While waiting for the diced vegetables to boil, using a large frying pan, add the oil and brown off the onions until transparent, add the celery along with the lardons, stirring until lightly browned. Being fat free, the pigeon will cook better in the pork fat. Now add the pigeon to the mix,  turning over and lightly browning the meat, not too much, or it will toughen. Now add the diced vegetables, the mushrooms and the stock, bringing to a boil, while stirring in the flour to thicken the stock.  Leave to cool.

In the past I made pastry the way mother used to, a pinch of salt, self raising flour and butter rubbed gently between the fingers in a bowl, until a crumbly mix was formed, then milk added sparingly, while working the dough into a dry ball. Cover and leave in the fridge to cool for 30 minutes. This helps the fat in the pastry to cool, for rolling. Works every time.

With a Tesco supermarket just around the corner however, it was convenient to buy some ready made short crust pastry, as I wanted to enjoy the fruits of my labour that evening for dinner, while the other was put in the freezer for another day.

 

Bread punch crucians and rudd defy the cold at Allsmoor

November 28, 2020 at 4:02 pm

A sudden cold snap had covered my garden bird bath with ice this week, but by lunchtime weak sunshine was filtering through the trees, as I set up my pole to fish Allsmoor pond close to my home. There was no surface movement of fish and the outlook seemed bleak, two other anglers confirming that they had not had a bite between them. I was pleased to see that someone had removed the Tesco trolley from the shallows in this swim and that the lilies had almost died back. Although a natural holding area for carp, the lily bed offers an instant escape route for the better fish in summer.

Setting up with my usual 3 No 4 short waggler rig, I was more concerned with the leaves coating the surface, than worries about getting a bite, the punch always produces fish at Allsmoor. Mixing up a near wet mix of liquidised bread and ground carp pellets with a dusting of 2 mm krill pellets, I was hoping for a few carp and crucians among the inevitable rudd.

Four decent balls of feed between eight and nine metres were just on the edge of the deeper water, spreading out to provide a wide area into which I could place the float with its size 16 barbless hook and 6 mm punch of bread. Leaves were still falling and being blown round from the east end of the pond, requiring accurate casting into the gaps, the lightweight rig often snagging up on sunken leaves.

Bites were instant, as rudd crowded in over the feed and I was soon working overtime hooking and stripping back the willing red fins.

After twenty minutes, the elastic made a brief appearance from the tip of the pole as a small common carp made a rush for the decaying lilies, but was dragged back to my landing net instead.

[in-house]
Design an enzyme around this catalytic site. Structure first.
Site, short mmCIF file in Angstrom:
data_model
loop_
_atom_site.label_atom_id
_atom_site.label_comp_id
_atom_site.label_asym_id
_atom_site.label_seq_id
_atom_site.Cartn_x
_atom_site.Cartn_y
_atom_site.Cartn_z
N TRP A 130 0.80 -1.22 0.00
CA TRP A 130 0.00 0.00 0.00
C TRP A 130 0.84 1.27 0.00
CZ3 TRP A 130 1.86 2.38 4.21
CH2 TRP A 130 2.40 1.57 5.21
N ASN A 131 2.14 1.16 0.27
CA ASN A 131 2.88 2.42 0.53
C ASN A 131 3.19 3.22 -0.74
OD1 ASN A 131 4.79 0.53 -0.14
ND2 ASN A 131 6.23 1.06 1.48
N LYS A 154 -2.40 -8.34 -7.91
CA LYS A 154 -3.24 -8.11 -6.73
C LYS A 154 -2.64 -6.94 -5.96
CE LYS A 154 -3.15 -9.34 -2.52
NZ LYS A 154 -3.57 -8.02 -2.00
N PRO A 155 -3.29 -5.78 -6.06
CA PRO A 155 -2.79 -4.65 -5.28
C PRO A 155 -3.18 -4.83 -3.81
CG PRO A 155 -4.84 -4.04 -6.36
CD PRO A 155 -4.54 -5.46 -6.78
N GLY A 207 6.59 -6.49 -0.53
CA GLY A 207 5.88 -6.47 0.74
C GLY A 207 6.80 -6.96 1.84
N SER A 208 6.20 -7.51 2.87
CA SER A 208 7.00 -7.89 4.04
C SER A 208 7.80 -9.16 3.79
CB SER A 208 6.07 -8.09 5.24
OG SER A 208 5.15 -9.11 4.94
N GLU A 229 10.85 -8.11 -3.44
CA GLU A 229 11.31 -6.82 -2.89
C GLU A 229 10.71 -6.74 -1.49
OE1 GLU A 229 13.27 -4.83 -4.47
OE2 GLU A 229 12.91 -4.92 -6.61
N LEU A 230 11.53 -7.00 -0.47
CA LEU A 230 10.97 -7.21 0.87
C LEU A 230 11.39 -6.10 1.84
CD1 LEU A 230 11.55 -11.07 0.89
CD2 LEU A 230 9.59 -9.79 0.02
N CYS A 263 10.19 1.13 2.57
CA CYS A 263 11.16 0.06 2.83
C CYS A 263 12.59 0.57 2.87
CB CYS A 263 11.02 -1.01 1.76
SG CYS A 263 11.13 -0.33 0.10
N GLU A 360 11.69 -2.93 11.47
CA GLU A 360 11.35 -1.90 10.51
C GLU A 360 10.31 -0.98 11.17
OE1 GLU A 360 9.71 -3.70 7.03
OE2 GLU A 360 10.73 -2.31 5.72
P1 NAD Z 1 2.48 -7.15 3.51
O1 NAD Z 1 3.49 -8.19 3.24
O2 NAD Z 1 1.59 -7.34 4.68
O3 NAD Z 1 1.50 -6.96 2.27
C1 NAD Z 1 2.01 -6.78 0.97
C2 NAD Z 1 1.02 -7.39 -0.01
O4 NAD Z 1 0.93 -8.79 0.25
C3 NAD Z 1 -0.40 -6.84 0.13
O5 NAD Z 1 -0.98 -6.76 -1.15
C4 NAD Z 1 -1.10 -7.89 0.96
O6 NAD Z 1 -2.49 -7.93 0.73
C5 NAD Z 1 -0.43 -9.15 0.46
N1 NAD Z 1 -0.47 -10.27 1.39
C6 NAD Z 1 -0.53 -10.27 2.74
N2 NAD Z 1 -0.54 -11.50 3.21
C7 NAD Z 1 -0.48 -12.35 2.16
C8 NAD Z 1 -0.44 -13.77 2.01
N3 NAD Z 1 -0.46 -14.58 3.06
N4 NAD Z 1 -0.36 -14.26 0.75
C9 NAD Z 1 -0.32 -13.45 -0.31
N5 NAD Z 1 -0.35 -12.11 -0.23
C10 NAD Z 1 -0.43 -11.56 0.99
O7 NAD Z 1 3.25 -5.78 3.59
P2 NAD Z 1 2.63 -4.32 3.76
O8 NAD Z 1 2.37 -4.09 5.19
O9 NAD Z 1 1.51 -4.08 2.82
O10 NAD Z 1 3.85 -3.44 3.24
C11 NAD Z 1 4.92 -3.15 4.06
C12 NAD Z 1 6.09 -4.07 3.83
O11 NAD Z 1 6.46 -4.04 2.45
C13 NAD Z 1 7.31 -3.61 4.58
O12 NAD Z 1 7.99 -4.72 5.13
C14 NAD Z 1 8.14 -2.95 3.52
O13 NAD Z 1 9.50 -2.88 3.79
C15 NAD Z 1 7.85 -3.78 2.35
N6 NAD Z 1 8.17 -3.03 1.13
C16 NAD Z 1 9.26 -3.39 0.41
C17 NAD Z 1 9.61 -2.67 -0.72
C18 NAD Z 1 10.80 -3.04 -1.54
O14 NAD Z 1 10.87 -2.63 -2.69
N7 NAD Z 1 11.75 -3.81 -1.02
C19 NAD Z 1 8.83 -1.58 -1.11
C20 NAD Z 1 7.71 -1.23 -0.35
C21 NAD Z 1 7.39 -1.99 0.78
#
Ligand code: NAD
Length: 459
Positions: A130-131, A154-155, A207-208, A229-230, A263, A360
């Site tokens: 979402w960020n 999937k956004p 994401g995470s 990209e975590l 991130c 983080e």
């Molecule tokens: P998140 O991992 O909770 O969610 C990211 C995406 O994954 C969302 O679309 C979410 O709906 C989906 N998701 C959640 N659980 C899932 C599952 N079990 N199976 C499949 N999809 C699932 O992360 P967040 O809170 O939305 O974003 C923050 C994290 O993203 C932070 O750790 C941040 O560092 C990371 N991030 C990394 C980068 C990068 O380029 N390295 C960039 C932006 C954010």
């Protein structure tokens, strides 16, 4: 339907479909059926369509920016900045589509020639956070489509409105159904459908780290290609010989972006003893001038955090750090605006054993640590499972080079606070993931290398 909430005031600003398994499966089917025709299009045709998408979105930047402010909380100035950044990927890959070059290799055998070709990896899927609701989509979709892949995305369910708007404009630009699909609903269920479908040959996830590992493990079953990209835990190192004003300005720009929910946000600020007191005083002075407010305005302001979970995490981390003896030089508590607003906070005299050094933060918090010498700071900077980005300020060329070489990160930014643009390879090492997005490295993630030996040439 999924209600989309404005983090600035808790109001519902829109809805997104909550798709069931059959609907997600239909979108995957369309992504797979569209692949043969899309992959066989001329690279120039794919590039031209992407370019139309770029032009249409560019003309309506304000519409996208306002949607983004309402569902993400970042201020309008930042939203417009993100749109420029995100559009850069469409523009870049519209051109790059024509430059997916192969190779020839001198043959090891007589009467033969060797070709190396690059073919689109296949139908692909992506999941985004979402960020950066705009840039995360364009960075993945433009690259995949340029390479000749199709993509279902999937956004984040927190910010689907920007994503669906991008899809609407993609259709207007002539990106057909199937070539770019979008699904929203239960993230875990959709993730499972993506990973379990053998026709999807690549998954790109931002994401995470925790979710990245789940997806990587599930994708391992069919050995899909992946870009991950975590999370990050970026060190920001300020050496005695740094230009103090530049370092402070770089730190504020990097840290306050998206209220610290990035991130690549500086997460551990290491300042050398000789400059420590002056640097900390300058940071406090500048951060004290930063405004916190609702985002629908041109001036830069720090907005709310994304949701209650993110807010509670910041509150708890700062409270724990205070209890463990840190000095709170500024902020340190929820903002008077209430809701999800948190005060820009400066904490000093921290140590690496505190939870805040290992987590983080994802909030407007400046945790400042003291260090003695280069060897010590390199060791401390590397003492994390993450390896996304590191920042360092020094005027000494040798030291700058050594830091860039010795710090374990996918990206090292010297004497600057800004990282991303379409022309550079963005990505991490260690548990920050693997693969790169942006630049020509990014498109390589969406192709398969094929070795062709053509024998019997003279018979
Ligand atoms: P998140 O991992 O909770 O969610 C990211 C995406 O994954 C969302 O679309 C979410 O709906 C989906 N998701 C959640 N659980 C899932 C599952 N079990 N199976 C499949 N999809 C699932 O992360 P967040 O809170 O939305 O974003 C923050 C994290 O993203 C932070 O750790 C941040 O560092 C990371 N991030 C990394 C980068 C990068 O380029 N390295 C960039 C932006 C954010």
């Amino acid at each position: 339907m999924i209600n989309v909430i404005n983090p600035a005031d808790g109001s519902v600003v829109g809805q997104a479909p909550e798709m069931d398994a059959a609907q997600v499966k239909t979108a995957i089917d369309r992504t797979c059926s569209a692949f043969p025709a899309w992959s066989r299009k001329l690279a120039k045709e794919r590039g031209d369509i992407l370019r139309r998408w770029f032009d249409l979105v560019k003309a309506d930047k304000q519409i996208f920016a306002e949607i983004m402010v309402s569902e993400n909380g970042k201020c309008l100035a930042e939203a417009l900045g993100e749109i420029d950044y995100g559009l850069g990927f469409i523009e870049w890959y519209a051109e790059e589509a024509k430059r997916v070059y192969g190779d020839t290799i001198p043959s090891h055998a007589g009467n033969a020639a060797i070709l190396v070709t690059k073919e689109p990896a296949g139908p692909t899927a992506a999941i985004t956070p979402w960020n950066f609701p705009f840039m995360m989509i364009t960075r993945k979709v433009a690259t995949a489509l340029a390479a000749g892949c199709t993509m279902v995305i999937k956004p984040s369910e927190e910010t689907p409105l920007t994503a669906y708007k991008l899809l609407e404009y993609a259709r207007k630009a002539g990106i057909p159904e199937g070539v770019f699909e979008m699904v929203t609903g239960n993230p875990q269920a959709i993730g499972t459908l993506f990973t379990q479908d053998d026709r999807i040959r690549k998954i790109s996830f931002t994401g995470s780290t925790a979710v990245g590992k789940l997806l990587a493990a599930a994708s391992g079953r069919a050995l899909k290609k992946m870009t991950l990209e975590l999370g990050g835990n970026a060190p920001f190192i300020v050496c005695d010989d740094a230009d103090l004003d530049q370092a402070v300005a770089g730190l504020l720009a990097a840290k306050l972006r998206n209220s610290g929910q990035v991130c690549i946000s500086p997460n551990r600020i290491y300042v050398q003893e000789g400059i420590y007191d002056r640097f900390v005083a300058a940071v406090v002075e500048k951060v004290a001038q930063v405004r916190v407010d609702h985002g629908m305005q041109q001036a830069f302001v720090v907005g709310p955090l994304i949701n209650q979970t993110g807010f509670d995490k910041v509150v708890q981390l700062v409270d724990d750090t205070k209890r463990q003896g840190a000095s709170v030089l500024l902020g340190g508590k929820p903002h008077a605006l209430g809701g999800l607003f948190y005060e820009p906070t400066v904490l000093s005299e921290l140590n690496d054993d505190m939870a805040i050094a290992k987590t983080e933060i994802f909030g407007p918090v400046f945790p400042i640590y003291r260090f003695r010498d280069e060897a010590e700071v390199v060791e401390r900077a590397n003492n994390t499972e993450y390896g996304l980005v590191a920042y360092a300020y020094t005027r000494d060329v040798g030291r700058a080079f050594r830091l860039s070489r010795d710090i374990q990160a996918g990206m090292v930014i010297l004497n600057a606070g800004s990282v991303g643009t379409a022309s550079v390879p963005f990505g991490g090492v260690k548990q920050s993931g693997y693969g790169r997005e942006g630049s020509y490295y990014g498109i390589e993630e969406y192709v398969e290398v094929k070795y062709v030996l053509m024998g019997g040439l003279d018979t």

Almost as round as it was long, this mini carp packed a powerful punch on a cold day.

A few more rudd, then the elastic was out again as a crucian searched out the bottom for a snag. The hook can be seen barely holding in the skin of crucian’s top lip.

It was then back to bashing through the rudd, some nice ones among them.

The sun had long gone and a chill breeze was sweeping across the surface from the east, moving the leaves about and causing me to warm up with tea and a sandwich, while I put on my jacket to keep the cold from my bones. It was still only 2:30, but the temperature was dropping fast.

Some clonking gudgeon had now moved in, giving carp like bites, that dipped and the float, then slowly sank away, each bite getting me ready for something bigger.

These crucians played around with the bread for up to ten minutes before moving off and I dropped two or three being too enthusiastic and impatient in equal doses, bringing them to the surface, then watching them swim away off the hook.

Finding time for my last sandwich and a cup of tea had to be fitted in, the float constantly going under.

The light was going and I was having trouble seeing the float among the leaves and made the rudd below my last fish.

It had been a busy afternoon, but despite thermals and the fish catching work out, I was now chilled to the bone and ready for home, followed by a hot shower.

O

2 lb an hour on a late autumn afternoon.

EA restock the River Cut, 15 minutes later it was polluted again

November 26, 2020 at 2:41 pm

I was at my local River Cut to watch the Environment Agency restock the river, following pollution that killed a 1,000 fish in the summer. The river looked in perfect condition and has been fishing well despite the pollution, this 650 roach, dace and chub a top up to replace those lost.

The EA fish farm truck had arrived bang on time at 10 am from Calverton near Nottingham and was soon ready to offload the fish, while myself and another club member looked on. This is a UK wide service paid for by income from fishing license fees, being part of the wider fishery improvement work carried out by the agency.

The fish are carried in oxygenated tanks at a level of 300% of normal and were netted out into buckets, then introduced into their new home in the river.

When the fish had been stocked, the farm truck drove off to another destination, while my friend and I watched the fish spread out across the river. We then stood chatting at the outlet channel and were stunned to see a thick cream coloured solution pouring from one of the underground tunnels.

In minutes the river had been transformed from a clear flowing stream to an alien looking one.

I called the national EA Incident Line on 0800807060 and had an instant response, the information being relaid to local agency officers and Thames Water, who sent investigators to the scene. Fish were topping all over the river and we feared for the worst, but thankfully no fatalities seemed apparent.

Returning to the river four hours later, there were two EA officers taking river samples along its length, the upper section at the outlet where the pollution had entered now being clear, although a thick sediment was coating the bottom. Further down the river was still highly coloured.

Fearing that the fishing had been ruined, my friend Mick was on the bank the following morning for a test fishing session and his smile said it all, reporting a steady catch of gudgeon and roach from his favourite swim.